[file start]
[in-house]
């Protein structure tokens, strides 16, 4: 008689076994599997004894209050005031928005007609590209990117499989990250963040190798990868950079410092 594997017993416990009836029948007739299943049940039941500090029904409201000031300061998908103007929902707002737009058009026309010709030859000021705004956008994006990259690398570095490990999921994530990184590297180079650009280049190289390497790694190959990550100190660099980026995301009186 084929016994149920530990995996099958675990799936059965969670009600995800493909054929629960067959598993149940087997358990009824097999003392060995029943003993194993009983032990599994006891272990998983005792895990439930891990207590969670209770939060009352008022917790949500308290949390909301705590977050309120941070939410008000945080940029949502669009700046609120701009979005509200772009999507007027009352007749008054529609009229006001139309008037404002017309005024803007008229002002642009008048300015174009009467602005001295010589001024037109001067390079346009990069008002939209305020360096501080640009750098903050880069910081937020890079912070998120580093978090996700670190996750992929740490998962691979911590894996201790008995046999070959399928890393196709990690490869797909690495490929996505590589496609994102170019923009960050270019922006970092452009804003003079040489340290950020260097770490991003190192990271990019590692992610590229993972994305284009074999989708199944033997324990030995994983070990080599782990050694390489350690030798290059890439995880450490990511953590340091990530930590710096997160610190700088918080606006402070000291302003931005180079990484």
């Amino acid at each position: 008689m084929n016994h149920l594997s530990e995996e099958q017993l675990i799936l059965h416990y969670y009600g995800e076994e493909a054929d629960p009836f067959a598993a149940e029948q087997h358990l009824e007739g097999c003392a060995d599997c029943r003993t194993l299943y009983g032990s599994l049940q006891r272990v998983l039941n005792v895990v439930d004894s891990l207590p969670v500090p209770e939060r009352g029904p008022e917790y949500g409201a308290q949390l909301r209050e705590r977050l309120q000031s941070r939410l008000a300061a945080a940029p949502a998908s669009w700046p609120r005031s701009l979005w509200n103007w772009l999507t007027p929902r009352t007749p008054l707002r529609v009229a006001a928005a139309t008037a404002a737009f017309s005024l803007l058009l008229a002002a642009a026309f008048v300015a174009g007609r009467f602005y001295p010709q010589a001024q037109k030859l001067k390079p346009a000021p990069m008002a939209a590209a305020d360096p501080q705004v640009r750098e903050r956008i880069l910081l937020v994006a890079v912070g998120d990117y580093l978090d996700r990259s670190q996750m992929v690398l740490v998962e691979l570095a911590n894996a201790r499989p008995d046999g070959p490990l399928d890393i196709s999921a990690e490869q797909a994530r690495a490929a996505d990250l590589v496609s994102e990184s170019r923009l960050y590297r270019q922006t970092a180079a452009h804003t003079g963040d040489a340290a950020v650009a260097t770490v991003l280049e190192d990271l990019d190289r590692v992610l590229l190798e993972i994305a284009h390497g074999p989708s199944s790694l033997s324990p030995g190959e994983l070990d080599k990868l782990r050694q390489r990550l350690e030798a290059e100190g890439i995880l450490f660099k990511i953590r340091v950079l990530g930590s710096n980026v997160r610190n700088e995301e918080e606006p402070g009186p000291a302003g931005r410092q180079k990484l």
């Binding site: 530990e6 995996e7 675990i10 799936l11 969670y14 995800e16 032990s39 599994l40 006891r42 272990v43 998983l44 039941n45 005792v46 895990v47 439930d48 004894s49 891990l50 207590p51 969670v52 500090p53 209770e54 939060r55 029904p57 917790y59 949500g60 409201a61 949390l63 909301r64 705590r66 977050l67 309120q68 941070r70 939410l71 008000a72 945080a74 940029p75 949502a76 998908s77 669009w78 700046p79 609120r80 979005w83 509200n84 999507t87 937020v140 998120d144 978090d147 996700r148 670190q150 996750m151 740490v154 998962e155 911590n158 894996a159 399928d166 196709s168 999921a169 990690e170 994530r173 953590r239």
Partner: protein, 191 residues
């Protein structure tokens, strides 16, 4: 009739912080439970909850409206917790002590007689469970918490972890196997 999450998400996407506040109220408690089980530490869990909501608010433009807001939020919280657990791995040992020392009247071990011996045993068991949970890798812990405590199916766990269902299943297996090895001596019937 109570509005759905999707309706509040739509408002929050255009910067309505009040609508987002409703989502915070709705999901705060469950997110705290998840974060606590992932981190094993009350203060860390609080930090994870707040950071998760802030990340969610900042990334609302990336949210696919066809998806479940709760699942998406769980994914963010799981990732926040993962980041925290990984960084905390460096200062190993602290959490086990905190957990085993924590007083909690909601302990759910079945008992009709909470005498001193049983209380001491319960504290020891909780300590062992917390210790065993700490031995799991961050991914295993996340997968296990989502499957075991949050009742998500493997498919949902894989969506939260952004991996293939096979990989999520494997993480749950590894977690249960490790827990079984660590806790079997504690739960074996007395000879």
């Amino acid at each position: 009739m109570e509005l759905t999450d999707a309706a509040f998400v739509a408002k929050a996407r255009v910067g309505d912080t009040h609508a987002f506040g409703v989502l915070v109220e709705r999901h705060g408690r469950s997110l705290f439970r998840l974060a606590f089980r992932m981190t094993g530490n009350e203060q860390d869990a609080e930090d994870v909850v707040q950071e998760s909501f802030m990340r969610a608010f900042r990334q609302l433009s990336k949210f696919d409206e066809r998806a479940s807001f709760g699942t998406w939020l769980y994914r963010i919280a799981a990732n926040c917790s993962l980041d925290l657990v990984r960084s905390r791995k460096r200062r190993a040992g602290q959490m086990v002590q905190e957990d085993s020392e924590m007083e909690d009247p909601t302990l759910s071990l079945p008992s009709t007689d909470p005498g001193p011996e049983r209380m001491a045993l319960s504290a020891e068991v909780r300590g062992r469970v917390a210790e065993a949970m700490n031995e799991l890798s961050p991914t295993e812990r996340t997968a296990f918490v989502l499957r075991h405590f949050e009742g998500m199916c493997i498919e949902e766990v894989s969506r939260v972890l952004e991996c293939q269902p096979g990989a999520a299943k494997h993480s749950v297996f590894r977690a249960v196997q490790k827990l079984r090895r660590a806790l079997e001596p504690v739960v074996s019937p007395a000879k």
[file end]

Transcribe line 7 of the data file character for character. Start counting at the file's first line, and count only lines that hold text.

């Amino acid at each position: 009739m109570e509005l759905t999450d999707a309706a509040f998400v739509a408002k929050a996407r255009v910067g309505d912080t009040h609508a987002f506040g409703v989502l915070v109220e709705r999901h705060g408690r469950s997110l705290f439970r998840l974060a606590f089980r992932m981190t094993g530490n009350e203060q860390d869990a609080e930090d994870v909850v707040q950071e998760s909501f802030m990340r969610a608010f900042r990334q609302l433009s990336k949210f696919d409206e066809r998806a479940s807001f709760g699942t998406w939020l769980y994914r963010i919280a799981a990732n926040c917790s993962l980041d925290l657990v990984r960084s905390r791995k460096r200062r190993a040992g602290q959490m086990v002590q905190e957990d085993s020392e924590m007083e909690d009247p909601t302990l759910s071990l079945p008992s009709t007689d909470p005498g001193p011996e049983r209380m001491a045993l319960s504290a020891e068991v909780r300590g062992r469970v917390a210790e065993a949970m700490n031995e799991l890798s961050p991914t295993e812990r996340t997968a296990f918490v989502l499957r075991h405590f949050e009742g998500m199916c493997i498919e949902e766990v894989s969506r939260v972890l952004e991996c293939q269902p096979g990989a999520a299943k494997h993480s749950v297996f590894r977690a249960v196997q490790k827990l079984r090895r660590a806790l079997e001596p504690v739960v074996s019937p007395a000879k």